White’s outsider perspective permeates much of his work. Whereas the work of his contemporaries leaned heavily on the erotic, political, or erudite, White’s poems, as Doty points out in his introduction, “are heartbroken in that everyday way we recognize; they are the exhalation of a sorrow held so long it’s become as ordinary as it is sharp.” In this way, he is a sort of Minneapolis version of James Schuyler, and a male counterpart to many lesbian and feminist writers of his period.

“Making Love to Myself,” for instance, one of White’s best-known poems, takes a stance on autoeroticism otherwise unheard of among gay men, even down to its title. “Men don’t usually ‘make love’ to themselves,” Doty observes—“they jerk off….” In his plainspoken and poignant free-verse style, White begins
When I do it, I remember how it was with us.
Then my hands remember too,
and you’re with me again, just the way it was.
Free of ego, shock, or posturing, White’s diction and tone invite the reader into this most intimate of moments. “What a sweet gift this is, / done with my memory, my cock and hands”: alloyed with the heartfelt, language that might otherwise be too crude or obvious becomes credible and eloquent. After these lines, though, comes a turn; typical of White’s poems, and, one senses, of his life, the erotic is short-lived, hard to hold:
Sometimes I’d wake up wondering if I should fix
coffee for us before work,
almost thinking you’re here again, almost seeing
your work jacket on the chair.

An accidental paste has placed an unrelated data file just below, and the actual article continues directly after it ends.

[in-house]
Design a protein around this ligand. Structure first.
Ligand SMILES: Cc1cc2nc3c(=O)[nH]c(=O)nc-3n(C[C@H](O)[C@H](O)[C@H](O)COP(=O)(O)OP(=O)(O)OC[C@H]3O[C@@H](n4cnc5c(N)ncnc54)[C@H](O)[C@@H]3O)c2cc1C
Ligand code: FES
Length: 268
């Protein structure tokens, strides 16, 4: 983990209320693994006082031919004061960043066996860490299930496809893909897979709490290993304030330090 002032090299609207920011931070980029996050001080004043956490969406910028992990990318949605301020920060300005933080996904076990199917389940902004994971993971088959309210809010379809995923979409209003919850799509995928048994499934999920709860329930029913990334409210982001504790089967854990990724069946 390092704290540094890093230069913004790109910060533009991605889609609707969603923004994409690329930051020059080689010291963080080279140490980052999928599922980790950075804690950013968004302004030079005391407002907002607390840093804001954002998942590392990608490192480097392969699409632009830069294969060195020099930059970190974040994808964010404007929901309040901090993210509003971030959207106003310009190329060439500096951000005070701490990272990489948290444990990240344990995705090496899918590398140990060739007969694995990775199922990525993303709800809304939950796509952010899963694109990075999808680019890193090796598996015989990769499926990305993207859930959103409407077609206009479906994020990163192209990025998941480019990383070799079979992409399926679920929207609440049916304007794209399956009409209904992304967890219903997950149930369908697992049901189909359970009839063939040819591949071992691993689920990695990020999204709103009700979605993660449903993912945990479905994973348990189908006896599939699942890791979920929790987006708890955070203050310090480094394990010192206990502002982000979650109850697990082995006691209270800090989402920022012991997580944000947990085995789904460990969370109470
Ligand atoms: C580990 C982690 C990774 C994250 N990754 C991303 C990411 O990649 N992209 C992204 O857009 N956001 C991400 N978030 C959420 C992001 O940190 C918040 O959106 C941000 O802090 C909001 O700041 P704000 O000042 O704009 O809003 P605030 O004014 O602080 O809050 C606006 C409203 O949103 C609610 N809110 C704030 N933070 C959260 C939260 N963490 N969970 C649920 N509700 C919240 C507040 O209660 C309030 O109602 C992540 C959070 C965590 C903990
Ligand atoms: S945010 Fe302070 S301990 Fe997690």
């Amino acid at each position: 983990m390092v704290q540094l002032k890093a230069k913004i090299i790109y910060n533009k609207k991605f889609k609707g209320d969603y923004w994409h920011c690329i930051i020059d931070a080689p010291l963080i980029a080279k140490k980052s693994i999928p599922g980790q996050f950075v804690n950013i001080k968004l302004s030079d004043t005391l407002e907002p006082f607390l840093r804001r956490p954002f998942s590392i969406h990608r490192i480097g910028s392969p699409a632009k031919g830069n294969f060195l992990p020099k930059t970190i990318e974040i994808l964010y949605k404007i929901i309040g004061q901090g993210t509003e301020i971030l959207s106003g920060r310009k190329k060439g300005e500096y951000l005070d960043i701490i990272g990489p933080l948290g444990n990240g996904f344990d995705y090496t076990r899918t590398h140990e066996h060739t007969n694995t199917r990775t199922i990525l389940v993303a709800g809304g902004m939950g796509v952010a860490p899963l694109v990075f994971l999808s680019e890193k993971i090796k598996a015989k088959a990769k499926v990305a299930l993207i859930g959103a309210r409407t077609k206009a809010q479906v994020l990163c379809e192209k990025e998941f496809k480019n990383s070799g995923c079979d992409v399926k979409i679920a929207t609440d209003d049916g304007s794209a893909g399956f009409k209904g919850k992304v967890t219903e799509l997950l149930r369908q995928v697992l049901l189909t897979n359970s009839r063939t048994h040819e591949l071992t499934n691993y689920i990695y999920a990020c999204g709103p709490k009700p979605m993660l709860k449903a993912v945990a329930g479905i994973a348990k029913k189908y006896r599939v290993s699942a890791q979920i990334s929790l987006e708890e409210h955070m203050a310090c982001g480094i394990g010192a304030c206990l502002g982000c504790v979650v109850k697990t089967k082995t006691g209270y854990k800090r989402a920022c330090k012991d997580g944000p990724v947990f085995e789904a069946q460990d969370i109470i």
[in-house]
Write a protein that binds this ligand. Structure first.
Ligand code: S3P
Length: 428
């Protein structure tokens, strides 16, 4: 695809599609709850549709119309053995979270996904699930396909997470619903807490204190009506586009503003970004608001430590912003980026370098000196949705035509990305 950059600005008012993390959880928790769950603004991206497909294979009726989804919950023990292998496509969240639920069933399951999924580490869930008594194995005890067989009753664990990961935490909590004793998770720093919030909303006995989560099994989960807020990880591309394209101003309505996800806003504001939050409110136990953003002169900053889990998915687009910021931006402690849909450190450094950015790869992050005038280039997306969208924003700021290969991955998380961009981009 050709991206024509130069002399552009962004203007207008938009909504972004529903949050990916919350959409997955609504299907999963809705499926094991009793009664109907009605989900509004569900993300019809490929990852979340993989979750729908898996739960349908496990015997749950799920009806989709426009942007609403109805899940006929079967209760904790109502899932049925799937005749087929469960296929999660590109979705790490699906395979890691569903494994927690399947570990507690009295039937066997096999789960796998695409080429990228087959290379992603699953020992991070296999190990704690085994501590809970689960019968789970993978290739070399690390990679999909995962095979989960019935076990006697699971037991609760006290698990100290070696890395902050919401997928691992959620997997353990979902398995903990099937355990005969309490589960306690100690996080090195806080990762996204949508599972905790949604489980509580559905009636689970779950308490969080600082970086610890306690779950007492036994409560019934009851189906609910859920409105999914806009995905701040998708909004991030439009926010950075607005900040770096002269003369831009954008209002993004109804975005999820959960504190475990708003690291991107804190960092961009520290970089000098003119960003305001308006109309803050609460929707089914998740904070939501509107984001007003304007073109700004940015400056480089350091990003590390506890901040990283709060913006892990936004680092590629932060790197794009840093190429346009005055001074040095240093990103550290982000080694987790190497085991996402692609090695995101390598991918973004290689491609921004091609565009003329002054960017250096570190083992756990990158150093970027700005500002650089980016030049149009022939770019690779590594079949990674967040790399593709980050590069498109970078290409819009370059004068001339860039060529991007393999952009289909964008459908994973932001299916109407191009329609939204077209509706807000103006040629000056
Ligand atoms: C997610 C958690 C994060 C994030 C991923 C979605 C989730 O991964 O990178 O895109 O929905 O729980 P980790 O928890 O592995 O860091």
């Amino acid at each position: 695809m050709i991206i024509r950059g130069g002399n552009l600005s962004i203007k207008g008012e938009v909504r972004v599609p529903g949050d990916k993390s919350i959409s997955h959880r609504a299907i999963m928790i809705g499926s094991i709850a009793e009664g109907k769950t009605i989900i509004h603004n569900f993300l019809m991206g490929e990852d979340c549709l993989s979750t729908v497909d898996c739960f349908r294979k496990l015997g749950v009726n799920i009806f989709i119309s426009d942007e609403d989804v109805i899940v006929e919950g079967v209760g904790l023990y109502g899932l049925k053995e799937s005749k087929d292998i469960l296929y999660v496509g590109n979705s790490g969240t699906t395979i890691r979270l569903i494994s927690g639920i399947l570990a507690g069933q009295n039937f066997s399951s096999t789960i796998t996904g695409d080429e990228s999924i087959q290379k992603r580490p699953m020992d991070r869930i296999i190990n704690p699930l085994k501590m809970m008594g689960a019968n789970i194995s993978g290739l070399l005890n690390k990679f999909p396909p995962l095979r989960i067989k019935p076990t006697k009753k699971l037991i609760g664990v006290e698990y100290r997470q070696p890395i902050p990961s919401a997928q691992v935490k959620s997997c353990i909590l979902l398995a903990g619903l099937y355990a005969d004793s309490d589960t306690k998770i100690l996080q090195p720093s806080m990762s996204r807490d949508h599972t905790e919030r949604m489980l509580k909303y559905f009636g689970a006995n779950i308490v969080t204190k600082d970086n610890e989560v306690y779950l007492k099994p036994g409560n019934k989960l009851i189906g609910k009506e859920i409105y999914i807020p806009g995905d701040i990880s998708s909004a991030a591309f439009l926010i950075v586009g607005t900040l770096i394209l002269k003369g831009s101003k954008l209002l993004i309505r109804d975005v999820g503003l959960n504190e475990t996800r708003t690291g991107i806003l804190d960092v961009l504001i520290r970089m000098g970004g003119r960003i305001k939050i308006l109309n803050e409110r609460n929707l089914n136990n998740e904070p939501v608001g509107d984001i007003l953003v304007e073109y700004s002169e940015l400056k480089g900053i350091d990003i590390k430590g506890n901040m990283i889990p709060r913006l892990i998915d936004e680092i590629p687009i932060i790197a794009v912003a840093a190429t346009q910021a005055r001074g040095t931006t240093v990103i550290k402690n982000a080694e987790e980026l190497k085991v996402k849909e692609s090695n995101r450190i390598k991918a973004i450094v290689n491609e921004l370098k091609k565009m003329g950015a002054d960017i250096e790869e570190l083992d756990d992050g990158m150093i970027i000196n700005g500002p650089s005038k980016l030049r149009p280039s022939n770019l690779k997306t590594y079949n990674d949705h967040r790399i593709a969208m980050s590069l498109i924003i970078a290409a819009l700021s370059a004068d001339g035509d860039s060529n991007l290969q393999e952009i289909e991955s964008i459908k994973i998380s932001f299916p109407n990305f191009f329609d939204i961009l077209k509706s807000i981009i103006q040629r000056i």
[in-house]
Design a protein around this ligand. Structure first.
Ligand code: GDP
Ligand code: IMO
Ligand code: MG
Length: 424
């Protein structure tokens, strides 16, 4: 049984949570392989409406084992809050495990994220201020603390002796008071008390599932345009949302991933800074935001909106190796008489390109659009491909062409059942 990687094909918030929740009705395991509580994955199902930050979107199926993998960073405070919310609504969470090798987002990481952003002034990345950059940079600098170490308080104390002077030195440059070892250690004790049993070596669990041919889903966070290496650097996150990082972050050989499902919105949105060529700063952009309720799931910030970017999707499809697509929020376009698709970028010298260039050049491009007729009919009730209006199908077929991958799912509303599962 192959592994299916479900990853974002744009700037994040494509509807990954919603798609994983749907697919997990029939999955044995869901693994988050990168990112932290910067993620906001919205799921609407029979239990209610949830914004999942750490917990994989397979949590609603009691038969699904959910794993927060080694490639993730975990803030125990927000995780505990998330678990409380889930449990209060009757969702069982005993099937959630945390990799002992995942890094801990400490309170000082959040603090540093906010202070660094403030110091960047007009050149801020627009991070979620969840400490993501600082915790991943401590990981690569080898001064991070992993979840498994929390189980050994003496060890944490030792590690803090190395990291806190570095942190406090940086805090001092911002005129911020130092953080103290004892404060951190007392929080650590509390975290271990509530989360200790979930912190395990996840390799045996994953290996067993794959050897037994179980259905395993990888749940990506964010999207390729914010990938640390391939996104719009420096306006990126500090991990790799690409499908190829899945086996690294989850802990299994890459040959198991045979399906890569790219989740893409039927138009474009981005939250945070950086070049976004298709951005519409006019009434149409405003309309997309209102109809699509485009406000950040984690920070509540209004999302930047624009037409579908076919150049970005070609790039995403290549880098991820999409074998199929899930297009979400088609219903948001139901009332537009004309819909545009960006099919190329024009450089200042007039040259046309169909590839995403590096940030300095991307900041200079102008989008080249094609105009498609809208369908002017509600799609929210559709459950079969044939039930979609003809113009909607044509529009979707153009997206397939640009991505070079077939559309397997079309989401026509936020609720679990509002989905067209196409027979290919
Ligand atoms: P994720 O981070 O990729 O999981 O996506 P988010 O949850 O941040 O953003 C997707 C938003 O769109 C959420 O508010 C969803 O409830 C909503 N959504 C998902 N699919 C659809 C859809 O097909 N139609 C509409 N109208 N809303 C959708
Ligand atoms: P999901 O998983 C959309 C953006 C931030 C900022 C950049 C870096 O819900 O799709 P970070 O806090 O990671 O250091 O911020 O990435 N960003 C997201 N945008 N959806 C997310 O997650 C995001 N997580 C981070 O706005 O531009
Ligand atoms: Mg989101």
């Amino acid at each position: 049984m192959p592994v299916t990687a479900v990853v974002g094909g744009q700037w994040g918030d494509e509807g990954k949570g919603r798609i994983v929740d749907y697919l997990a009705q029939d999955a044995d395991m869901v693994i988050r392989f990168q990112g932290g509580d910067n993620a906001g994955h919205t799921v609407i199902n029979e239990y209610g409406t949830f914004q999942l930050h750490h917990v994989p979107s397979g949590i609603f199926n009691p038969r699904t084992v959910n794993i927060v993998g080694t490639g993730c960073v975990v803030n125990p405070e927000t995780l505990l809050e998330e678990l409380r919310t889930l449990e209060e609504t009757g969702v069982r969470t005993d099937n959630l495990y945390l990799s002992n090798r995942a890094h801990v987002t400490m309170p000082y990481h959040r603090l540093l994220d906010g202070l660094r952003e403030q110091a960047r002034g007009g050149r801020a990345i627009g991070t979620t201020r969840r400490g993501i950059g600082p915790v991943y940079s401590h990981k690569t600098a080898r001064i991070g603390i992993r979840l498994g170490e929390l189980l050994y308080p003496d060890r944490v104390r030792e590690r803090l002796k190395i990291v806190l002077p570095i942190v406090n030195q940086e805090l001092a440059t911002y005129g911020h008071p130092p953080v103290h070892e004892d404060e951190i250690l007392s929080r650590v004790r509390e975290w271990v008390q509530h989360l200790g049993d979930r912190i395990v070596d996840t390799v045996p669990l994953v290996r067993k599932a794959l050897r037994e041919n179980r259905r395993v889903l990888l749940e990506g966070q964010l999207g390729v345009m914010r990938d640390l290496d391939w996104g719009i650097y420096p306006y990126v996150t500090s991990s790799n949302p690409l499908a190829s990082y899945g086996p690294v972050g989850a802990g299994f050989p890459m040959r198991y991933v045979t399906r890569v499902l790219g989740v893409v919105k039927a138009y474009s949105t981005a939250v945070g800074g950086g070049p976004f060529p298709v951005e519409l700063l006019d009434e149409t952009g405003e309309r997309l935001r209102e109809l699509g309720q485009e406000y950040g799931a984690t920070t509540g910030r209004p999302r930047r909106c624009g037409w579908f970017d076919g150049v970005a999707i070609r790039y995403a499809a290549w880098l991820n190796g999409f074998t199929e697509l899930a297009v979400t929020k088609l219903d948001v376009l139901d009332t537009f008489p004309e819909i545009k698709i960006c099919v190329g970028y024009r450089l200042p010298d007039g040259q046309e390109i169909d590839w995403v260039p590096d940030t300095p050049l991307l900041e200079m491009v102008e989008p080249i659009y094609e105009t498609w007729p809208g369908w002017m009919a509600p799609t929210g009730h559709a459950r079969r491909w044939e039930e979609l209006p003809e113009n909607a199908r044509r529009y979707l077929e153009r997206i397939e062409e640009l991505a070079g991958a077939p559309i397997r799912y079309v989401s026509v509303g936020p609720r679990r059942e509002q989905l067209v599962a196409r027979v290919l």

As the speaker goes on to ponder his break with his working-class lover, self-pleasure seems all but gone. The pervasive pull of loss and longing are stronger than those brief moments of joy, stronger even than fantasy, so the poem is aborted: “I just have to stop here Jess. / I just have to stop.”

If so many of White’s poems are about not fitting—frequent themes are loss, aging, being overweight, illness, isolation, and a bittersweet childhood—they tell us much about the human heart. They also debunk assumptions about gay life and gay literature pre- and post-Stonewall, the closet on one side of the riots and liberation and free love on the other. White’s potential partners, then, are just as likely to be closeted, or ’straight,’ as not—if they seem fickle or reluctant as a result, there are also moments of vulnerability and tenderness that are lacking from other more modern, liberated, cocksure writers. From “The First Time:”
Sometimes I’m their first.
Sweet, sweet men.

We’re bunglers when it’s really good:
bow legs, pimply backs, scrawny chest hair,
full of mistakes and good intentions.
Another poem on similar themes, “Lying in Sadness,” sparkles with striking images and emotions that seem instantly relatable, yet particular to the speaker’s experience. “I love you completely as salt” in the first stanza, and later “You exhale a fist of memory,” followed by the last stanza: “When you return to something you love, / it’s already beyond repair. / You wear it broken.”